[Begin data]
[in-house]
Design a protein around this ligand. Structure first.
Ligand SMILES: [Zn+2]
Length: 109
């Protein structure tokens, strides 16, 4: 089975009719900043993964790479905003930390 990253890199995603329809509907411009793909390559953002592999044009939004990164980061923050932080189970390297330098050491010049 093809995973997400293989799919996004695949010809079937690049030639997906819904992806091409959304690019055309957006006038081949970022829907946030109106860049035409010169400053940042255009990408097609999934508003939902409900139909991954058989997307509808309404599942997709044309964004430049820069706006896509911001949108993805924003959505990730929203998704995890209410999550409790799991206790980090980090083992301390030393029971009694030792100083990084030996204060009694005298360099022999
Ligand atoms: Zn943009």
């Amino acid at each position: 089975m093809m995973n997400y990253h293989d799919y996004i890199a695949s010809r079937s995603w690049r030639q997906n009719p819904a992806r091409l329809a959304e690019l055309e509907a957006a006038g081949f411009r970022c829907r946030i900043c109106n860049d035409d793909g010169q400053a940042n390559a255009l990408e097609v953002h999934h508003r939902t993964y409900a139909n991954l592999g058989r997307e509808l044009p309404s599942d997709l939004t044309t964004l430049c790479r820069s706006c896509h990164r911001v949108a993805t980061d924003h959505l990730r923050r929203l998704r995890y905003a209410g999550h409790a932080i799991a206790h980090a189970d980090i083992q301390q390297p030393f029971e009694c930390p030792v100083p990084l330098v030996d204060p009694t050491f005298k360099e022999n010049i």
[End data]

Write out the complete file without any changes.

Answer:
[in-house]
Design a protein around this ligand. Structure first.
Ligand SMILES: [Zn+2]
Length: 109
């Protein structure tokens, strides 16, 4: 089975009719900043993964790479905003930390 990253890199995603329809509907411009793909390559953002592999044009939004990164980061923050932080189970390297330098050491010049 093809995973997400293989799919996004695949010809079937690049030639997906819904992806091409959304690019055309957006006038081949970022829907946030109106860049035409010169400053940042255009990408097609999934508003939902409900139909991954058989997307509808309404599942997709044309964004430049820069706006896509911001949108993805924003959505990730929203998704995890209410999550409790799991206790980090980090083992301390030393029971009694030792100083990084030996204060009694005298360099022999
Ligand atoms: Zn943009």
């Amino acid at each position: 089975m093809m995973n997400y990253h293989d799919y996004i890199a695949s010809r079937s995603w690049r030639q997906n009719p819904a992806r091409l329809a959304e690019l055309e509907a957006a006038g081949f411009r970022c829907r946030i900043c109106n860049d035409d793909g010169q400053a940042n390559a255009l990408e097609v953002h999934h508003r939902t993964y409900a139909n991954l592999g058989r997307e509808l044009p309404s599942d997709l939004t044309t964004l430049c790479r820069s706006c896509h990164r911001v949108a993805t980061d924003h959505l990730r923050r929203l998704r995890y905003a209410g999550h409790a932080i799991a206790h980090a189970d980090i083992q301390q390297p030393f029971e009694c930390p030792v100083p990084l330098v030996d204060p009694t050491f005298k360099e022999n010049i």